Published on July 25th, 2017 | by Chuck67
Zelle Review: Send Money to Friends with any Bank, Free and Instant Transfers [Formerly Clearxchange]
Zelle (Link) is a free service used by most major banks to send money freely between friends. Instead of having an outside provider (like Paypal, Venmo, or Square) pull the money from your bank and send it to your friend’s electronic wallet, Zelle pulls the money directly from your bank and deposits it in their’s. This saves having the extra account, and can make for a faster transaction.
The company was formerly known as Clearxchange, and is being rebranded as Zelle (pronounced Zell, the final ‘e’ is silent). Chase QuickPay uses the Zelle/Clearxchange network, as do most other major banks.
Zelle – New Features
Two new features are being added as part of the transition from Clearxchange to Zelle:
- Transfers from partner banks are now instant. This is an awesome feature when it works – only those banks within the network will transfer instantly. You can send money to anyone, even those with who bank with non-partner banks, but it can take a few days.
- Send money with just an email address on mobile number. Previously, some banks may have required the person’s name or address in order to send funds. Zelle just needs an email or phone number, similar to the way Paypal and Square work.
Full list of banks and credit unions who use Zelle can be found here. Here are some of the bigger one’s: Ally, Bank of America, Capital One, Chase, Citi, PNC, TD, US Bank, USAA, and Wells Fargo.
Some of these have not yet completed the integration into Zelle, as of this writing, and will be doing so in the coming months. Chase QuickPay now calls themselves ‘Chase QuickPay with Zelle’ which helps people understand that it works even for transfer to non-Chase recipients.
Each email address or mobile number is linked to one bank. If you receive money to two different banks, you can use separate email addresses and link one email with one bank and another email with another bank. Or use your email address for one bank and phone number for the other. You can even use Zelle this way to instantly transfer money between two of your own bank accounts.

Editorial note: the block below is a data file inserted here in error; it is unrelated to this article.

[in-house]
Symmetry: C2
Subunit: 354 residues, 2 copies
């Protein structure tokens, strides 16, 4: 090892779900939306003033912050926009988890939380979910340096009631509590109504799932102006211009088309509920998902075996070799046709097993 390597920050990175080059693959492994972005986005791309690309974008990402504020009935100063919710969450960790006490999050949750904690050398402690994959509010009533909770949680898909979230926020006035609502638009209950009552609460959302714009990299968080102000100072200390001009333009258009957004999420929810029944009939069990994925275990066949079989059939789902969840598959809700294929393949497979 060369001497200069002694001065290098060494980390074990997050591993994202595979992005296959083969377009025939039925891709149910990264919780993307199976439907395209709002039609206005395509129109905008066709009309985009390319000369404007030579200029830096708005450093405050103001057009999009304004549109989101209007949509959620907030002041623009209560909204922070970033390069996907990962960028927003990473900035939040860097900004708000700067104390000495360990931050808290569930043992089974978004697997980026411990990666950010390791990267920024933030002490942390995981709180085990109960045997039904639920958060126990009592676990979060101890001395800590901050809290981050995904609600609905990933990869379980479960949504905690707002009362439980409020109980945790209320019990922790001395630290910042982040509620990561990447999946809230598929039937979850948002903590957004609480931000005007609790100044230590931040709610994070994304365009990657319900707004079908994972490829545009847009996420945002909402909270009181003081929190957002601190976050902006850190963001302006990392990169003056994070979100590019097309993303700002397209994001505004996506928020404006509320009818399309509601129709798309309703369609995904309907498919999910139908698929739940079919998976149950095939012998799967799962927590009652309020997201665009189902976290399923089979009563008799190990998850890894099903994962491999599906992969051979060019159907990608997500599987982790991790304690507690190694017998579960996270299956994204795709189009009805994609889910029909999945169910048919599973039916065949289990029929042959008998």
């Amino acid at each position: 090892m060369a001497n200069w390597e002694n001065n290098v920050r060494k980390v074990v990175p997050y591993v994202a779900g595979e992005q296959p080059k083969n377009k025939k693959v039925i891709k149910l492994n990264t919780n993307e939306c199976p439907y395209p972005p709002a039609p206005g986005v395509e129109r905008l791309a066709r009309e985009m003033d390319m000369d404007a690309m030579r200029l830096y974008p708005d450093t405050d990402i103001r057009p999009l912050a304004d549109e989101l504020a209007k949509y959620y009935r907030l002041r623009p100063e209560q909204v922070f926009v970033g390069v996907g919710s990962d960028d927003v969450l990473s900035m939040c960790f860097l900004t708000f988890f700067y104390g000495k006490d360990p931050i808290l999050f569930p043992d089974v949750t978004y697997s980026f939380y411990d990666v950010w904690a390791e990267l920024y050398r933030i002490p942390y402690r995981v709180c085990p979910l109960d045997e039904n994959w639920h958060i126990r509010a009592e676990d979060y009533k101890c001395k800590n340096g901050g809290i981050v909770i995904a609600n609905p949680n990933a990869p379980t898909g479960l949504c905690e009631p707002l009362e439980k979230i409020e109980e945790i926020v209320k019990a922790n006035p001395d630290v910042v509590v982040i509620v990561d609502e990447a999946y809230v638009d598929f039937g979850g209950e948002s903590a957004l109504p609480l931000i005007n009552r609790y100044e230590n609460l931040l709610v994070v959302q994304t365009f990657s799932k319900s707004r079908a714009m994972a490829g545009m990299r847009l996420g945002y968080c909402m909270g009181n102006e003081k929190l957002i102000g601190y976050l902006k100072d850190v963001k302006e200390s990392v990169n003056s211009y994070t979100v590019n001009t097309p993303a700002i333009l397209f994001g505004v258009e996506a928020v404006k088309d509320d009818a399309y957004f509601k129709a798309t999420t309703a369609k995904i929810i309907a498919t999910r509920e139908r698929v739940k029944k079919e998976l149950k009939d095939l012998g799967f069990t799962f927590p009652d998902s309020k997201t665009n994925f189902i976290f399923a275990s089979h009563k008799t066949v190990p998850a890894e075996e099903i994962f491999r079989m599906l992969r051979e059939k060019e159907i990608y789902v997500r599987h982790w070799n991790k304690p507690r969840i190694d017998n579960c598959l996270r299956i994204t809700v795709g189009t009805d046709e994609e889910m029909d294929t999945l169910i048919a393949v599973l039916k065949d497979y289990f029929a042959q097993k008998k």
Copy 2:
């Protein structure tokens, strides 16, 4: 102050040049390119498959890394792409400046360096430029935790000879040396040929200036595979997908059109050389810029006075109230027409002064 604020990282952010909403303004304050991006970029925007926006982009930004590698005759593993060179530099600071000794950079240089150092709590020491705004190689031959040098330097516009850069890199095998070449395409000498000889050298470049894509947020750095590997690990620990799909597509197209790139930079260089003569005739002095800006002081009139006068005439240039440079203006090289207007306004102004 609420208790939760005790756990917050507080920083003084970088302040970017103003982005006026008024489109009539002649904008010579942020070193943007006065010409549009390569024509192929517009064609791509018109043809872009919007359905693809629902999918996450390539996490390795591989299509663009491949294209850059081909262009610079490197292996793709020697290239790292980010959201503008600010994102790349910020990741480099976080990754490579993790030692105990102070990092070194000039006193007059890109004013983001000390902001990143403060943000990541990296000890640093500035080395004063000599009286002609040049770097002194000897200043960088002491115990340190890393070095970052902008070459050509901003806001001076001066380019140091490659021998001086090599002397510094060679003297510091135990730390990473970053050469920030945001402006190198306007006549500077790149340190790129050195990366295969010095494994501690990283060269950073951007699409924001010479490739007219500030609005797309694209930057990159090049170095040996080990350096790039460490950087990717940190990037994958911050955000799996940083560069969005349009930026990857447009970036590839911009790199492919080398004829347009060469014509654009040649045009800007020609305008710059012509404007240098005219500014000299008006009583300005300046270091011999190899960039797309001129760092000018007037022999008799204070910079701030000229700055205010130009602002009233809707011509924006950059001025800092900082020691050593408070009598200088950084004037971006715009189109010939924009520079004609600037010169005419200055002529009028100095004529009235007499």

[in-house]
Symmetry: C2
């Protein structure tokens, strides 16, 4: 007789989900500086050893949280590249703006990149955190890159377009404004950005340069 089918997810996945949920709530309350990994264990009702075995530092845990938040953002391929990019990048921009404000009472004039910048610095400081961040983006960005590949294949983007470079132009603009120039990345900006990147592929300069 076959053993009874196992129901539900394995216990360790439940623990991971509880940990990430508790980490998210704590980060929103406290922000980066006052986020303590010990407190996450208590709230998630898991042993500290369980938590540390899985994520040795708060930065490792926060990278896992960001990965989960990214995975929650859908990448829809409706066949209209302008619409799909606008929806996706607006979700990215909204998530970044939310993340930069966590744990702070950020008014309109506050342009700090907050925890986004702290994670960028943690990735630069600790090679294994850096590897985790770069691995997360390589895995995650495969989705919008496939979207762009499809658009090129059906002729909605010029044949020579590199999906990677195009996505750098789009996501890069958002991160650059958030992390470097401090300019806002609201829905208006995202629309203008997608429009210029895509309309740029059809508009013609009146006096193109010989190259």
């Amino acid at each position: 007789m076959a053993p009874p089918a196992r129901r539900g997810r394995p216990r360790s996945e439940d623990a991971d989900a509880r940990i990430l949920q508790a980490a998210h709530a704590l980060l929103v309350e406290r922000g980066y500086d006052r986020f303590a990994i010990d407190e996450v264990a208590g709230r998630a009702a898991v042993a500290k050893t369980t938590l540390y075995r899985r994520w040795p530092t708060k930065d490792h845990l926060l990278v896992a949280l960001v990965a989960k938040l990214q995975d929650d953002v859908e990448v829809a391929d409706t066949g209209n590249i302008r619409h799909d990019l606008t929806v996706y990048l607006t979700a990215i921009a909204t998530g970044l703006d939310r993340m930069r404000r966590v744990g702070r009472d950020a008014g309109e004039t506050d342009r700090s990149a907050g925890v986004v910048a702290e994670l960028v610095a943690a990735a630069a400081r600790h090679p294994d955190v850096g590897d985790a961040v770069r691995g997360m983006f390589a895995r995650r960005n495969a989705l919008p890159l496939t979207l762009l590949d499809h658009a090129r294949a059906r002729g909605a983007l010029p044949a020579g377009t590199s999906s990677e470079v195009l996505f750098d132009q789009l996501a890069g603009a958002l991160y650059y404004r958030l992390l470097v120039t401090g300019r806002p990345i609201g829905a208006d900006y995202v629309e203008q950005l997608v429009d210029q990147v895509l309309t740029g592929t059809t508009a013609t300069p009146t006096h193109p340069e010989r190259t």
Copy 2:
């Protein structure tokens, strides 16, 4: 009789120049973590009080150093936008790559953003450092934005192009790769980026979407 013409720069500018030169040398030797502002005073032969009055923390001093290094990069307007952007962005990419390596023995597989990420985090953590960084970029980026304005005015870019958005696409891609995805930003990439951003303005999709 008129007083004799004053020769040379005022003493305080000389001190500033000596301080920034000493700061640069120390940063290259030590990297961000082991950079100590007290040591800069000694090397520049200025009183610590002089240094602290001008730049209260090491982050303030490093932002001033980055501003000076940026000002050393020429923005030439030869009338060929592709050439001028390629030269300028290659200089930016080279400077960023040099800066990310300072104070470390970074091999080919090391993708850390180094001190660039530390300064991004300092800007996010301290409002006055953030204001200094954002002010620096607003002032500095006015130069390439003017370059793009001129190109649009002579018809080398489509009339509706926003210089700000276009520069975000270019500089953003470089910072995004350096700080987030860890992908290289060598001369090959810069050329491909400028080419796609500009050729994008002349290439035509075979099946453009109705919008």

I don’t know of any limits for receiving money with Zelle. They might make you go through additional verifications (e.g. give in the last 4 of your SSN) to receive larger transactions.
Since the money goes straight from sender to recipient, Zelle should not be issuing any 1099 tax forms. (In some scenarios a sender needs to issue a form 1099 to the recipient.)
How to Send with Zelle
Sending money with Zelle is done through your bank’s website or mobile app. You should see a Transfer or Send Money tab somewhere. That uses the Zelle network.
Ask the recipient for their email or phone number, even if they’ve never used Zelle before, and add them as a recipient in the app/website. The system will have you name your recipient; you can use their real name, their nickname, or whatever you’d like, just make sure the email/phone number is correct. You can see a walk-through with screenshots in this Travelwithgrant post.
Clearxchange has their own website to send money. This is used for those whose banks are not part of the Zelle network, they can send money using the Clearxchange website. Alternatively, you can use the Zelle app (iOS, Android) which transfer money by linking your debit card instantly.
How to Receive with Zelle
Anyone with a US bank account can receive money with Zelle, even if their bank is not a Zelle partner. This means that you can send money, for example, from your Chase bank account to anyone with a US bank account.
The recipient gets an email/text from Zelle asking them to link their bank account. If they’ve previously used this email address or phone number to receive money with Zelle/Clearxchange they don’t need to register again. The money will go straight to their bank account within a few days, even if the previous transaction was with someone else or with a different bank. It’s all tied to the email address or mobile phone number.
Note, the recipient may have to verify themselves with Zelle with their name, address, or even the last 4 of their SSN, but none of these details are passed on the sender. Sender only sees the email address given to them.
I think the instant transfers feature makes all the difference. When sending your friend $10 for the cab fare, you want the transaction finalized instantly, you don’t want them getting an email about funds which will hopefully come in 3 business days. The huge conglomerate of banks means that a high percentage of Americans will be eligible for instant transfers will Zelle, and even those who use other banks can receive money with slower delivery.
It remains to be seen if people will finally start using direct bank transfers instead of the various money transfer operations like Paypal, Venmo, Square Cash, and Facebook.